Neighbours on Findon and Valetta Roads

In this blog I focus on the history of the settlement of the market garden area on Findon Road, Valetta Road, on the northern side of the River Torrens using Lands Titles records,
oral history interviews, photos and research from my thesis.

The River Torrens, its wide floodplain and alluvial soil had provided a rich source of food and water for Aboriginal people in the area we now know as Kidman Park for thousands of years. Along the river, groups hunted, lived and participated in cultural practices including burials. In the second half of the 1830s, colonial settlers took up landholdings and developed large broad acre farms. Landowners like Edward Keele who owned 158 acres from the river to Grange Road, began subdividing and leasing small parcels of land from the 1890s.

Map of western suburbs of Adelaide c 1930s. Market garden area highlighted in red. Map, City of Charles Sturt reproduced with permission.

 

Gradually the use of land changed as leaseholders developed market gardens, orchards and dairy farms. The earliest records of Chinese market gardeners in the Valetta Road area I’ve seen, date from 1893 when a Chinese man, Wing Soon, transferred his lease to three other Chinese market gardeners whose address was St James Park, Findon.

 

 

 

Soldier settler blocks were distributed in the St James area after the First World War. Rae Ballantyne and his sister Barbara Haynes, recall that their father, James Ballantyne was allocated seven and a half acres on the River Torrens in 1923 on Findon Road or River Road, as it was called then. He and his wife, Muriel, grew a range of vegetables but concentrated on celery in latter years.

River Torrens in flood, backyard of James and Muriel Ballantyne, c 1924/25.
Photo, courtesy, Rae Ballantyne.

Rae recalls his parents’ land:
The entrance point was two spots actually. There was one was up near the river where Dad had his house, and not quite to the bottom of the garden, there was another entrance into the garden itself. It was a track I suppose you call it, inside the garden within. But then there was a mound all the way around and that was to stop the water coming in. Dad told me that the first year when he moved in, he got flooded out seven times that year … I have some photos that show the river … it was very narrow and full of trees and shrubs I think that is why it got flooded all the time because it just got blocked up with rubbish …
(Rae Ballantyne OH 87221, 25 August 2012)

James Ballantyne, celery grower, 1958.

By the 1930s when the Veneto market gardeners started to lease land, the area was a mix of large land holdings of crops such as lucerne, dairy farms, small intensive vegetable gardens and orchards. The number of market gardens increased as the size of land holdings reduced. Various Veneto families lived along Valetta Road: the Ballestrin’s, Zampin’s, Berno’s and Griguol’s. When Barbara Haynes was growing up in the late 1930s and 1940s, she recalled that the mix of Italian, Chinese and Bulgarian neighbours got on well:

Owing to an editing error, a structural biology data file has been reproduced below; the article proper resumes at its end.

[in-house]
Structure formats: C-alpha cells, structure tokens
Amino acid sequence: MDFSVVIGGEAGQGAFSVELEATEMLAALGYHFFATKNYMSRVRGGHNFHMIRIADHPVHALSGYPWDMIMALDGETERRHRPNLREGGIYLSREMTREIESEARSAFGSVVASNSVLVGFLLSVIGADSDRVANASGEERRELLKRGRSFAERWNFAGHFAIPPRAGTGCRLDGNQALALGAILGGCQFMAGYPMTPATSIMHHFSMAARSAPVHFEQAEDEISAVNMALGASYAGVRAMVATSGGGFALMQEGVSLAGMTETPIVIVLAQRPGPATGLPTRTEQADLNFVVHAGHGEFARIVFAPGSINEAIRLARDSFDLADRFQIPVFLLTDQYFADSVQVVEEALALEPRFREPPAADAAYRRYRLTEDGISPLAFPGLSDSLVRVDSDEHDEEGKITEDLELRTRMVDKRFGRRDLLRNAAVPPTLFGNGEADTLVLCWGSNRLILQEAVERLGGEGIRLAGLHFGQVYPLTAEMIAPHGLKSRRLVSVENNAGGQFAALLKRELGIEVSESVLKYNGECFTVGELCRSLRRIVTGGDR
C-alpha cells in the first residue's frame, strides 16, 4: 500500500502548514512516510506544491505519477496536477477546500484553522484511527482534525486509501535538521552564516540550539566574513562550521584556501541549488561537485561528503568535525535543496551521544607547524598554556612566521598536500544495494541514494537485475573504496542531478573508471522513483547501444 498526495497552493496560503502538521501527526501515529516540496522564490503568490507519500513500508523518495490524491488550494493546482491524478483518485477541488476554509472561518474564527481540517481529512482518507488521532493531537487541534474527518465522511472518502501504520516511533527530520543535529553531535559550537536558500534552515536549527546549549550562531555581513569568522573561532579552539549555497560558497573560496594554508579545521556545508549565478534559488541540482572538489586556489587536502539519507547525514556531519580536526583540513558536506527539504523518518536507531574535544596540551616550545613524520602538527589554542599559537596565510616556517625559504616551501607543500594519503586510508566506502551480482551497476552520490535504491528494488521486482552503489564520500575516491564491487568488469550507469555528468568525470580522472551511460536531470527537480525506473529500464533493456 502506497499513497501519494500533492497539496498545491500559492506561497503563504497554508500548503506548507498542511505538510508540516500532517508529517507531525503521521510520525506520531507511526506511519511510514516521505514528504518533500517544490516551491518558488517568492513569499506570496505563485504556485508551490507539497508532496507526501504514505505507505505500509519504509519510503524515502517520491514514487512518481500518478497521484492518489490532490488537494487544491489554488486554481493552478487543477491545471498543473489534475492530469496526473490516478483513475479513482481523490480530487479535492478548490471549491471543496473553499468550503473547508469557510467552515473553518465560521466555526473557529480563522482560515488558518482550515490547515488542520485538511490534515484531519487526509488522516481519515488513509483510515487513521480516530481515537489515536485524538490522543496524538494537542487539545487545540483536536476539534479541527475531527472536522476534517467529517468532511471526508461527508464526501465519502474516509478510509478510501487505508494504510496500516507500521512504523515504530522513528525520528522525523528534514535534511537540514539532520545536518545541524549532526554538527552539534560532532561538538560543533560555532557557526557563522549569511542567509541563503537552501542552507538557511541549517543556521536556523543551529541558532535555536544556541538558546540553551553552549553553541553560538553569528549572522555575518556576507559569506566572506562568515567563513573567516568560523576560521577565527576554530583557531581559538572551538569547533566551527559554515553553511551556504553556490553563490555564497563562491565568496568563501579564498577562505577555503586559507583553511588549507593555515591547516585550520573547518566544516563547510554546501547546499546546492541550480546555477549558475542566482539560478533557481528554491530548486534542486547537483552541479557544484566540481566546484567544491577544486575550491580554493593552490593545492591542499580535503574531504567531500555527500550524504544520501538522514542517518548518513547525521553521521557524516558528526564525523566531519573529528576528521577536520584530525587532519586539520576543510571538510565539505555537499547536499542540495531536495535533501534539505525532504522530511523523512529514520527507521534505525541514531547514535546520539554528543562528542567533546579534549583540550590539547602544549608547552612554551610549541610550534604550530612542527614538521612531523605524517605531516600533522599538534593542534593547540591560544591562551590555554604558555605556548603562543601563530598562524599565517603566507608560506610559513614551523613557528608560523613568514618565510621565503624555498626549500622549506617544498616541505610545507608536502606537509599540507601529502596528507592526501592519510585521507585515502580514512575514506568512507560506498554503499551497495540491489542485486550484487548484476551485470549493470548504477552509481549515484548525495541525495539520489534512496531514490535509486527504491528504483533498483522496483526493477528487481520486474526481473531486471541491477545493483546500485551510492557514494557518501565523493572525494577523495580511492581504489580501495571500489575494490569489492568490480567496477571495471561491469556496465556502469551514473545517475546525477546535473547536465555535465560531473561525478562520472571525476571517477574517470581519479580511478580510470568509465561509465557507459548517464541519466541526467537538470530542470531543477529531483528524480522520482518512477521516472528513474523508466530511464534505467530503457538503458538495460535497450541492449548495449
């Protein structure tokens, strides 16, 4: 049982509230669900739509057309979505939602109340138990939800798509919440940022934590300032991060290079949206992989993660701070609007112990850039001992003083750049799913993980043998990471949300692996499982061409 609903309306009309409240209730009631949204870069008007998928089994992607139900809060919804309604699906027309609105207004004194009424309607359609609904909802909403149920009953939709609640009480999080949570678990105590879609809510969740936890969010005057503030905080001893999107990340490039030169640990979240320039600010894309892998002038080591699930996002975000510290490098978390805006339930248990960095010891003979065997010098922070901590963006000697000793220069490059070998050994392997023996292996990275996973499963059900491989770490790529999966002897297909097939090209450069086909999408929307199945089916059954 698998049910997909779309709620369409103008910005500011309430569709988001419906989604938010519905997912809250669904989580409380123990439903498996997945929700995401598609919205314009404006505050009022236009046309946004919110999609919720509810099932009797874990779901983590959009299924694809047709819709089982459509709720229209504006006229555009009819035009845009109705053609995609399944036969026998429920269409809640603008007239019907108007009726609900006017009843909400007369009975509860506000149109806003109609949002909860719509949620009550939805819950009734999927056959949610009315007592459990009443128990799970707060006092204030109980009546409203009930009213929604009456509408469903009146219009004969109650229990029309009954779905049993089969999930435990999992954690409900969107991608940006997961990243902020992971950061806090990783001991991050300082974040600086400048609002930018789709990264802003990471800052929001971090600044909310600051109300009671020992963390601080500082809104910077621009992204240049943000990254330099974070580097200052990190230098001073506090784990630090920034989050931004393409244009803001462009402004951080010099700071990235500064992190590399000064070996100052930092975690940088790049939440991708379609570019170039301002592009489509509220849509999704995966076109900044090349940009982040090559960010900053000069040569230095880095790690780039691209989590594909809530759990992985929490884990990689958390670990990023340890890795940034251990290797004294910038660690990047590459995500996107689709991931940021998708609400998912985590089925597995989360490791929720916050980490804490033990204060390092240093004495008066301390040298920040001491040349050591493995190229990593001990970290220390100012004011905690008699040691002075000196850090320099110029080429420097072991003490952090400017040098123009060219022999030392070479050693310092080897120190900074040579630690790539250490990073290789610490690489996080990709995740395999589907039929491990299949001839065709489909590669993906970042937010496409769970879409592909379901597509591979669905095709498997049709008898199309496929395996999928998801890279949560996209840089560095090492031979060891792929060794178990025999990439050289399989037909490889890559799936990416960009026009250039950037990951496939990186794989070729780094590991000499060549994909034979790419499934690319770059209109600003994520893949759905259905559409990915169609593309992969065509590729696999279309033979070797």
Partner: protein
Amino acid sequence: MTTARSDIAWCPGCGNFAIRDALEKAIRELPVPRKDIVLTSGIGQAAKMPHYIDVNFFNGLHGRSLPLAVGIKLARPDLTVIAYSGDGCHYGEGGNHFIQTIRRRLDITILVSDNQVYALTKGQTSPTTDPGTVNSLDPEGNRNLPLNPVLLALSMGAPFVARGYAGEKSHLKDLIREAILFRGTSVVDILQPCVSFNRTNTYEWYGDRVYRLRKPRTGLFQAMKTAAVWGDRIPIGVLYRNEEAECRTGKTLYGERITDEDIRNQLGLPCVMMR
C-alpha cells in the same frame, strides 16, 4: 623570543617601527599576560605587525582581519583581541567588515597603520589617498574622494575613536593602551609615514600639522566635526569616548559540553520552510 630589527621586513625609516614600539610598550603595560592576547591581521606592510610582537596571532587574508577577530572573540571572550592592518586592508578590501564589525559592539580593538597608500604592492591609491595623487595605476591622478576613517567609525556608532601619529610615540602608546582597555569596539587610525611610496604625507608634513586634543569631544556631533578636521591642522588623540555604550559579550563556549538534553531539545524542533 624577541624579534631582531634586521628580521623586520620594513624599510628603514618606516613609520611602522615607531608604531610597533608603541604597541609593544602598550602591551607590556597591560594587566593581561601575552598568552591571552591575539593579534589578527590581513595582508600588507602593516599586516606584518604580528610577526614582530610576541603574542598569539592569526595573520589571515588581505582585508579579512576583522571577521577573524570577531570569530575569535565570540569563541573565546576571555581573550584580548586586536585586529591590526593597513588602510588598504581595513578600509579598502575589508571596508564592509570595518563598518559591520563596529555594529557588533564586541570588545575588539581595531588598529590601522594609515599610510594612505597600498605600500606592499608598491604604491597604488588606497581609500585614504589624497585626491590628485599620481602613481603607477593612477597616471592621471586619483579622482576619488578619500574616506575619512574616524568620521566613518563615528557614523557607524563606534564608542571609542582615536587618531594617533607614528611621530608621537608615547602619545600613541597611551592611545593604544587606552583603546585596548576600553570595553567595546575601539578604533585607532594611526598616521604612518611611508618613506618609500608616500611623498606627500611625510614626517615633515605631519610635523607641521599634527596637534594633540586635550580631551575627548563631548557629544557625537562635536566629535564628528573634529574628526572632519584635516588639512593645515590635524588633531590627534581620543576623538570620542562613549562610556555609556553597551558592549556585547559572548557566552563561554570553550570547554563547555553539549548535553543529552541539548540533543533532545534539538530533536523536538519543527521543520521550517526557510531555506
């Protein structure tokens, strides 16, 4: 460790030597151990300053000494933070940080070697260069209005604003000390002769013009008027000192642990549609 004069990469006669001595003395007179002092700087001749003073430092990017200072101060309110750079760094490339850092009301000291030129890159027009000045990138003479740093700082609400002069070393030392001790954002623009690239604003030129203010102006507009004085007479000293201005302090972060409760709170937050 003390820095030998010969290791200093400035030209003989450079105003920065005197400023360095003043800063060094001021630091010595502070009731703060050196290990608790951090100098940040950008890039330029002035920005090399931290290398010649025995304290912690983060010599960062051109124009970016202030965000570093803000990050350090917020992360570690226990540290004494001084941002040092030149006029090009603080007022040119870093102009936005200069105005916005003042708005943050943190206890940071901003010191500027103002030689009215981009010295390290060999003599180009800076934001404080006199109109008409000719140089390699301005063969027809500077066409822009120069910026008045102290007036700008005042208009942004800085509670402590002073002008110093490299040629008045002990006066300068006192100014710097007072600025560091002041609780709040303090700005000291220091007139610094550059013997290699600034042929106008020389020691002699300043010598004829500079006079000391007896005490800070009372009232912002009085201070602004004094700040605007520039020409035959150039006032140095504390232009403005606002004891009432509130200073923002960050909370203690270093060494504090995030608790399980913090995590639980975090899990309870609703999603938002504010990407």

Oh, yes, very well accepted, yes. I know some of the Chinese, if they had like a letter, I suppose official letter … they didn’t understand they’d come over to Dad and he would sort it all out for them and help them, whatever it was … just further down the road there was Italians like, this is going towards Henley Beach. There were Bulgarians. We never had no trouble at all. You got on with everyone in those days. Well, I gather they did. (laughs) Never heard of any upsets at all.
(Barbara Haynes nee Ballantyne, OH 872/23 15 September 2012)

Chinese neighbours
Barbara speaks about a Chinese neighbour:
He was married, but his family was in China, so a lot of the Chinese, they didn’t have their families out. Yick Kee who was between our dad’s property and West’s property, he lived by himself for years, and then he finally brought his wife and children out. And I taught Alan, the youngest one, to learn English. He used to come and sit down in our kitchen and I’d teach him the English and that.
Barbara Haynes nee Ballantyne, OH 872/23, 15 September 2012

Yick Kee – Chinese neighbour of Santin’s and Ballestrin’s, Valetta Road, c 1949. Photo, courtesy, Santin family.

 

Lina Campagnaro nee Ballestrin remembers neighbours who were market gardeners including the Ballantyne’s, West’s, Berno’s, Recchi’s and the Mercurio’s across Findon Road.

 

Ballestrin family c late 1950s. Back: Narciso, Lina, Maria, Jimmy. Front: Silvano, Norina.
Photo, courtesy, the Ballestrin family.

Lina also recalls Yick Kee because she and her brother, Jimmy visited him next door: Every night, almost every night, my brother and I would have a race. And he would say: “I’ll get there  first,  Lina.” So we’d go, race down, because it was …. About 100 metres in from the road and it was like a shed converted to his kitchen to his living area — and he would invites us; my brother would eat everything but I just ate the fried rice which was, I think – soy sauce – but it was just wonderful sauce … and he’d have ducks at the back. And he had all his wonderful products out there and he would grow his own stuff, his own veggies.
(Lina Campagnaro nee Ballestrin, OH 872/28, 13 March 2014.)

The Veneto market gardener families were a sub-group within the larger market gardener community along Findon Road/Valetta Road from the 1930s to the late 1960s.

Madeleine Regan
20 February 2022

 

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